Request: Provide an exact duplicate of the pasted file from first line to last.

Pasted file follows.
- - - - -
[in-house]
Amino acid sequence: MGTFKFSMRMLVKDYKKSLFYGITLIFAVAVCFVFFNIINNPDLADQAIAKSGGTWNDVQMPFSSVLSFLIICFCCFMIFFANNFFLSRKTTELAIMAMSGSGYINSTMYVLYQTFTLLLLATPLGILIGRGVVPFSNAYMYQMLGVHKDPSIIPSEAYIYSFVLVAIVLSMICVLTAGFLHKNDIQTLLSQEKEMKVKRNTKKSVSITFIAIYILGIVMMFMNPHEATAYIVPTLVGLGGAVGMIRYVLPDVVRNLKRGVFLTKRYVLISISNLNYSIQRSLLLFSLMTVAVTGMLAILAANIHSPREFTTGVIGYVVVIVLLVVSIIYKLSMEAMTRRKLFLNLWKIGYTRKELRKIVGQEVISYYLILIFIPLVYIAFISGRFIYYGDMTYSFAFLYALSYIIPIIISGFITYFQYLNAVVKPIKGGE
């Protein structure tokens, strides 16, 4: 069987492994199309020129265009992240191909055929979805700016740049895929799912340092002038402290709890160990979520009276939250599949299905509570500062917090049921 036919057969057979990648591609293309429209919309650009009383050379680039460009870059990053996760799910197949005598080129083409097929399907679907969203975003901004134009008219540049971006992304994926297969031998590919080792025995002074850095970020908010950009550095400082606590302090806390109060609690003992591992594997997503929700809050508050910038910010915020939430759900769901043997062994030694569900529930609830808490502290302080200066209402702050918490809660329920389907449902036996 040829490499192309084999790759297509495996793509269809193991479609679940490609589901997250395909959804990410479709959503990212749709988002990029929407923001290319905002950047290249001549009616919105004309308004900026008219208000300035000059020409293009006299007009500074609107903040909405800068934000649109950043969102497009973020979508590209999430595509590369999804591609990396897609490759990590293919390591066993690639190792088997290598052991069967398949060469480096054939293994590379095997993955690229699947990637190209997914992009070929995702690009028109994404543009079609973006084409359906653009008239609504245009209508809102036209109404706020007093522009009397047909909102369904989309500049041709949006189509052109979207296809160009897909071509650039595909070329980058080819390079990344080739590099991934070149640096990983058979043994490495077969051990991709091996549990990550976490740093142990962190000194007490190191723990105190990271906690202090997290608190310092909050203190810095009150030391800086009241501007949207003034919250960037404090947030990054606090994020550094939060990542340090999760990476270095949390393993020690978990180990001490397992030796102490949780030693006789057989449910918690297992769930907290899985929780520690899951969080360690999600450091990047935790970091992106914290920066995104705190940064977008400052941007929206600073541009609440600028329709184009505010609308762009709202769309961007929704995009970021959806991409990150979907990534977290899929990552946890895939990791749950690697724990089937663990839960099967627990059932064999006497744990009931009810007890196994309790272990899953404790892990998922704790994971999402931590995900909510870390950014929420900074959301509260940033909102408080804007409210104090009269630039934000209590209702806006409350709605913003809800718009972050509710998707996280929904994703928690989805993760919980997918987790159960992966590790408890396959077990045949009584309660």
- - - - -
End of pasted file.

[in-house]
Amino acid sequence: MGTFKFSMRMLVKDYKKSLFYGITLIFAVAVCFVFFNIINNPDLADQAIAKSGGTWNDVQMPFSSVLSFLIICFCCFMIFFANNFFLSRKTTELAIMAMSGSGYINSTMYVLYQTFTLLLLATPLGILIGRGVVPFSNAYMYQMLGVHKDPSIIPSEAYIYSFVLVAIVLSMICVLTAGFLHKNDIQTLLSQEKEMKVKRNTKKSVSITFIAIYILGIVMMFMNPHEATAYIVPTLVGLGGAVGMIRYVLPDVVRNLKRGVFLTKRYVLISISNLNYSIQRSLLLFSLMTVAVTGMLAILAANIHSPREFTTGVIGYVVVIVLLVVSIIYKLSMEAMTRRKLFLNLWKIGYTRKELRKIVGQEVISYYLILIFIPLVYIAFISGRFIYYGDMTYSFAFLYALSYIIPIIISGFITYFQYLNAVVKPIKGGE
């Protein structure tokens, strides 16, 4: 069987492994199309020129265009992240191909055929979805700016740049895929799912340092002038402290709890160990979520009276939250599949299905509570500062917090049921 036919057969057979990648591609293309429209919309650009009383050379680039460009870059990053996760799910197949005598080129083409097929399907679907969203975003901004134009008219540049971006992304994926297969031998590919080792025995002074850095970020908010950009550095400082606590302090806390109060609690003992591992594997997503929700809050508050910038910010915020939430759900769901043997062994030694569900529930609830808490502290302080200066209402702050918490809660329920389907449902036996 040829490499192309084999790759297509495996793509269809193991479609679940490609589901997250395909959804990410479709959503990212749709988002990029929407923001290319905002950047290249001549009616919105004309308004900026008219208000300035000059020409293009006299007009500074609107903040909405800068934000649109950043969102497009973020979508590209999430595509590369999804591609990396897609490759990590293919390591066993690639190792088997290598052991069967398949060469480096054939293994590379095997993955690229699947990637190209997914992009070929995702690009028109994404543009079609973006084409359906653009008239609504245009209508809102036209109404706020007093522009009397047909909102369904989309500049041709949006189509052109979207296809160009897909071509650039595909070329980058080819390079990344080739590099991934070149640096990983058979043994490495077969051990991709091996549990990550976490740093142990962190000194007490190191723990105190990271906690202090997290608190310092909050203190810095009150030391800086009241501007949207003034919250960037404090947030990054606090994020550094939060990542340090999760990476270095949390393993020690978990180990001490397992030796102490949780030693006789057989449910918690297992769930907290899985929780520690899951969080360690999600450091990047935790970091992106914290920066995104705190940064977008400052941007929206600073541009609440600028329709184009505010609308762009709202769309961007929704995009970021959806991409990150979907990534977290899929990552946890895939990791749950690697724990089937663990839960099967627990059932064999006497744990009931009810007890196994309790272990899953404790892990998922704790994971999402931590995900909510870390950014929420900074959301509260940033909102408080804007409210104090009269630039934000209590209702806006409350709605913003809800718009972050509710998707996280929904994703928690989805993760919980997918987790159960992966590790408890396959077990045949009584309660």